Epistemological Reflection (Baxter Magolda 1992)

Continuing on the same main line of epistemological development, Baxter Magolda based her research regarding epistemological development on Perry’s model. Also, when combining the concerns raised by Belenky et al. (1986) about women’s role and gender dimensions in epistemological development, she explored a gender-inclusive model of epistemological development for young adults from 18 to 30 years.

Using both interviews and the Measure of Epistemological Reflection (MER), which she developed via a series of studies (Baxter Magolda 1985, 1987, 1992; Baxter Mogolda and Porterfield 1988), she conducted a longitudinal study following 101 participants (51 men, 50 women) through their college years. She was able to continue following 70 out of the 101 participants in their post-collegiate phase. She was even following 39 of 70 participants by year 12. Out of these 39

participants, 16 were involved in advanced education (11 with a master’s degree, 1 with a PhD degree, and 4 with other degrees, e.g., JD). The eight years’ of research data regarding the post-collegiate participants extended Perry’s original work to the post-collegiate population.

Using grounded theory, Baxter Magolda (1992) named the following four perspectives in her Epistemological Reflection Model: Absolute Knowing, Transitional Knowing, Independent Knowing, and Contextual Knowing. Gender-related patterns were identified within all but the last perspective. Gender-related patterns convey that each gender uses one pattern more than the other. However, these gender-related patterns are not exclusive to one gender.

Absolute Knowing: Receiving or Mastering Knowledge Learners who employ this perspective regard knowledge as absolute and certain. They learn the knowledge from authorities who know the truth. More women than men used the pattern of Receiving Knowledge. This pattern is parallel to Received Knowledge in Belenky et al.’s women’s ways of knowing, in which learning takes place via listening and acquiring information. More men use the Mastering Knowledge pattern, which is similar to the experiences of male participants in Perry’s study, where learners actively engaged in activities, debating, and quizzing of peers.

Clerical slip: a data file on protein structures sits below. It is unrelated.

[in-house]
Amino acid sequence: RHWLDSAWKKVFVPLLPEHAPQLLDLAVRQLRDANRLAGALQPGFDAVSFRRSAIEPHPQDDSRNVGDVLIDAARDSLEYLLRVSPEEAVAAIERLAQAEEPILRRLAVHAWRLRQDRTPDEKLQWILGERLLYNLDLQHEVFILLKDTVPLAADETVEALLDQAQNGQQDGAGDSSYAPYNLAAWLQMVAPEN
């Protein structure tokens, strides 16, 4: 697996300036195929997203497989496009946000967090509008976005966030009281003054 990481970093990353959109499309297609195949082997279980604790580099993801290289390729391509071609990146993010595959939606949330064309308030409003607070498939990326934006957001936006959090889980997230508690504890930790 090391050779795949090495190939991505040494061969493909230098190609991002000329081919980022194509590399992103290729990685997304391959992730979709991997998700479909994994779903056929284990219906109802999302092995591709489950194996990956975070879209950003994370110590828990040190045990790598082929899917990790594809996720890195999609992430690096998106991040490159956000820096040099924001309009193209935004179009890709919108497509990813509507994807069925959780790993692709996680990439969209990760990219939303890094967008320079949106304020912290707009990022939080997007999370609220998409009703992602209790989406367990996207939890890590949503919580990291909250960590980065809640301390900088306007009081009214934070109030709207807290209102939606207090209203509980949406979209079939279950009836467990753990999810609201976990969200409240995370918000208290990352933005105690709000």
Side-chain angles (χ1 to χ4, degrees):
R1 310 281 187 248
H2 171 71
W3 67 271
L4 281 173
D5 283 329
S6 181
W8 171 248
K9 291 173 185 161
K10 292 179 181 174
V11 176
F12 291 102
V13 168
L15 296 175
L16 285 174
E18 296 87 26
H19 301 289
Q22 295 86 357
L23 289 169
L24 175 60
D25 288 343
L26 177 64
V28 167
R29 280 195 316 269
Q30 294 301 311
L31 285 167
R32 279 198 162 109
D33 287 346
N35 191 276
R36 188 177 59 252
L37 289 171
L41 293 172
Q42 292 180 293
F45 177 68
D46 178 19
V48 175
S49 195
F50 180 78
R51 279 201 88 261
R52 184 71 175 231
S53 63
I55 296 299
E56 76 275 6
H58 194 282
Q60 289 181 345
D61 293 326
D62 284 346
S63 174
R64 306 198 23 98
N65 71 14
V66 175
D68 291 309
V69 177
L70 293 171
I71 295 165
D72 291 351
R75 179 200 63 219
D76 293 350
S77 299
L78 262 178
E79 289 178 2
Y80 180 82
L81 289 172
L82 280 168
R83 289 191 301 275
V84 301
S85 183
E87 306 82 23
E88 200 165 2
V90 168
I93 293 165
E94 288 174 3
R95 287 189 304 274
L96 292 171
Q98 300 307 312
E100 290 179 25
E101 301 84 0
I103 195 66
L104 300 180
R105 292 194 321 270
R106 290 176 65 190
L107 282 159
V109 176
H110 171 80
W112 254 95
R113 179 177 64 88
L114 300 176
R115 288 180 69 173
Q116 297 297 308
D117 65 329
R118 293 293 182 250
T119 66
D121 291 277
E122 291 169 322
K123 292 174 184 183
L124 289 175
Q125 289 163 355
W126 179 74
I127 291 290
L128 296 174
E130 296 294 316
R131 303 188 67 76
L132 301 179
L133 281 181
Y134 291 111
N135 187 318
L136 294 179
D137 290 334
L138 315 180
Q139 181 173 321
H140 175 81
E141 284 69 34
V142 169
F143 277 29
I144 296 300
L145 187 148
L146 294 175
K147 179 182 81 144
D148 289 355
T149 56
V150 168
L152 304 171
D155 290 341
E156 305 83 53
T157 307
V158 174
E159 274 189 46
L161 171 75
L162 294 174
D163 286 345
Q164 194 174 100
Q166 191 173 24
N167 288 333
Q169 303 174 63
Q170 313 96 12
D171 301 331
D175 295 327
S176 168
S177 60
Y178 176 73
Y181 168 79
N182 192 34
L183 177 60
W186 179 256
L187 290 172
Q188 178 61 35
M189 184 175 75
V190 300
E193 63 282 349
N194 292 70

Transitional Knowing: Impersonal and Interpersonal Pattern Learners maintain the either-or thinking about knowledge in some disciplines, like mathematics and physics, as satisfactory, yet view knowledge in some other disciplines, like the humanities or social sciences, as uncertain. Within this perspective, these learners then focus on developing an understanding instead of acquiring knowing in these areas where knowledge is perceived as uncertain. Impersonal and Interpersonal Patterns were identified as gender-related patterns. More men use the Impersonal Pattern; more women use the Interpersonal Patterns.

Independent Knowing: Individual and Interindividual Pattern Learners with Independent Knowing believe that knowledge in itself is uncertain. Every individual thinker has his or her own viewpoints. Peers are encouraged to share views. Peers are also viewed as a source of knowledge along with authorities who are no longer viewed as the only resource for knowledge. Again, Individual and Interindividual patterns were identified from Baxter Magolda’s findings to capture the gender-related patterns. Felder and Brent (2004) suggested that these two patterns are comparable to Belenky et al.’s Separate Knowing and Connected Knowing under the Procedural knowledge in women’s ways of knowing.